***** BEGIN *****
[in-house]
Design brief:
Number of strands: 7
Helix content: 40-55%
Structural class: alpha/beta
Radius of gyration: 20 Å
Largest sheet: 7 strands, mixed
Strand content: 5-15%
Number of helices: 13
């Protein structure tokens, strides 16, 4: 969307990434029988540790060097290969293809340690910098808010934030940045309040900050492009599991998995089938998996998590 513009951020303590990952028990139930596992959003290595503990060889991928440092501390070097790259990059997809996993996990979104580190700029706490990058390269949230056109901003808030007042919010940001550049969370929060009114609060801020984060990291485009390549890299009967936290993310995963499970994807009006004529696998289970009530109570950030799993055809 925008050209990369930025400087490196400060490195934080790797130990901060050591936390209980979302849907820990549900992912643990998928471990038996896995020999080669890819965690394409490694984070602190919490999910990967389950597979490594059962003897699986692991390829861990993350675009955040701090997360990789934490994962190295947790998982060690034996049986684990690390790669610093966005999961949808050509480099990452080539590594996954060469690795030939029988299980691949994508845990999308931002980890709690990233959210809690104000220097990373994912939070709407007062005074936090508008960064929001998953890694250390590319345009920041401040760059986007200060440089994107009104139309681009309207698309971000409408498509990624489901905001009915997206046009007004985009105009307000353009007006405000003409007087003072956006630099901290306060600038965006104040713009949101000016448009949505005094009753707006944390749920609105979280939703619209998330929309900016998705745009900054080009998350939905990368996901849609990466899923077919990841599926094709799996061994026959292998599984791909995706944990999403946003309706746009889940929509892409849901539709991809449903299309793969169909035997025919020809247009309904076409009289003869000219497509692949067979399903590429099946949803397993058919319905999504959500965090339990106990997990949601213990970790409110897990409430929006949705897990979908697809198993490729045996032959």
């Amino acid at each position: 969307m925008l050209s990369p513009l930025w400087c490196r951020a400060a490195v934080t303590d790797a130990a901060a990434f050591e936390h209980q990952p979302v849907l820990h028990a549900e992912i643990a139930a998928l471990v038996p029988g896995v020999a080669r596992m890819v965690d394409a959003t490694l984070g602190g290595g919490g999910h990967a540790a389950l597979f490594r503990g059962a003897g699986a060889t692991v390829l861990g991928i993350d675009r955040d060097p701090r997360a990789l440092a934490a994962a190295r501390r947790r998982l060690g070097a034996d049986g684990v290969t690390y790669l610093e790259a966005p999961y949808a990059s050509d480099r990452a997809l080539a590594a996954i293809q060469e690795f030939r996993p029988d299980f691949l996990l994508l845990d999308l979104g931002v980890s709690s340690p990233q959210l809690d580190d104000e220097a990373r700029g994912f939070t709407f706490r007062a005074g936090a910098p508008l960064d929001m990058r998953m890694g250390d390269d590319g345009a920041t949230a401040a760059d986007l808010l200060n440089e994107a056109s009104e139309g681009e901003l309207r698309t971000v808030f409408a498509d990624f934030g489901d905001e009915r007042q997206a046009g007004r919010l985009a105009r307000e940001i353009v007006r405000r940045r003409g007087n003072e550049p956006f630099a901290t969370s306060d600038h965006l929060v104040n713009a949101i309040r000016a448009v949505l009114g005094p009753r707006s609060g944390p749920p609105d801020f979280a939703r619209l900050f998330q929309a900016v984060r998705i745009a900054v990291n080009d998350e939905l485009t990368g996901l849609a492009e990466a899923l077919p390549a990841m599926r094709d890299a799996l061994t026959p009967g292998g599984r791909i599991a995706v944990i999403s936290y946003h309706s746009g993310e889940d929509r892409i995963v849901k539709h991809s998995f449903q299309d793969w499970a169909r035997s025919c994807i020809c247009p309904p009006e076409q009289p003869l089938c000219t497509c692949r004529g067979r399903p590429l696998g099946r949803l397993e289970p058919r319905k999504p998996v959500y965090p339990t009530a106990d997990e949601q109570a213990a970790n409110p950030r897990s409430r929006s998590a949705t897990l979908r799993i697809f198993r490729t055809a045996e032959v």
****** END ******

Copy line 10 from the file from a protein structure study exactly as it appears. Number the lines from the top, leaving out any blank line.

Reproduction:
């Protein structure tokens, strides 16, 4: 969307990434029988540790060097290969293809340690910098808010934030940045309040900050492009599991998995089938998996998590 513009951020303590990952028990139930596992959003290595503990060889991928440092501390070097790259990059997809996993996990979104580190700029706490990058390269949230056109901003808030007042919010940001550049969370929060009114609060801020984060990291485009390549890299009967936290993310995963499970994807009006004529696998289970009530109570950030799993055809 925008050209990369930025400087490196400060490195934080790797130990901060050591936390209980979302849907820990549900992912643990998928471990038996896995020999080669890819965690394409490694984070602190919490999910990967389950597979490594059962003897699986692991390829861990993350675009955040701090997360990789934490994962190295947790998982060690034996049986684990690390790669610093966005999961949808050509480099990452080539590594996954060469690795030939029988299980691949994508845990999308931002980890709690990233959210809690104000220097990373994912939070709407007062005074936090508008960064929001998953890694250390590319345009920041401040760059986007200060440089994107009104139309681009309207698309971000409408498509990624489901905001009915997206046009007004985009105009307000353009007006405000003409007087003072956006630099901290306060600038965006104040713009949101000016448009949505005094009753707006944390749920609105979280939703619209998330929309900016998705745009900054080009998350939905990368996901849609990466899923077919990841599926094709799996061994026959292998599984791909995706944990999403946003309706746009889940929509892409849901539709991809449903299309793969169909035997025919020809247009309904076409009289003869000219497509692949067979399903590429099946949803397993058919319905999504959500965090339990106990997990949601213990970790409110897990409430929006949705897990979908697809198993490729045996032959």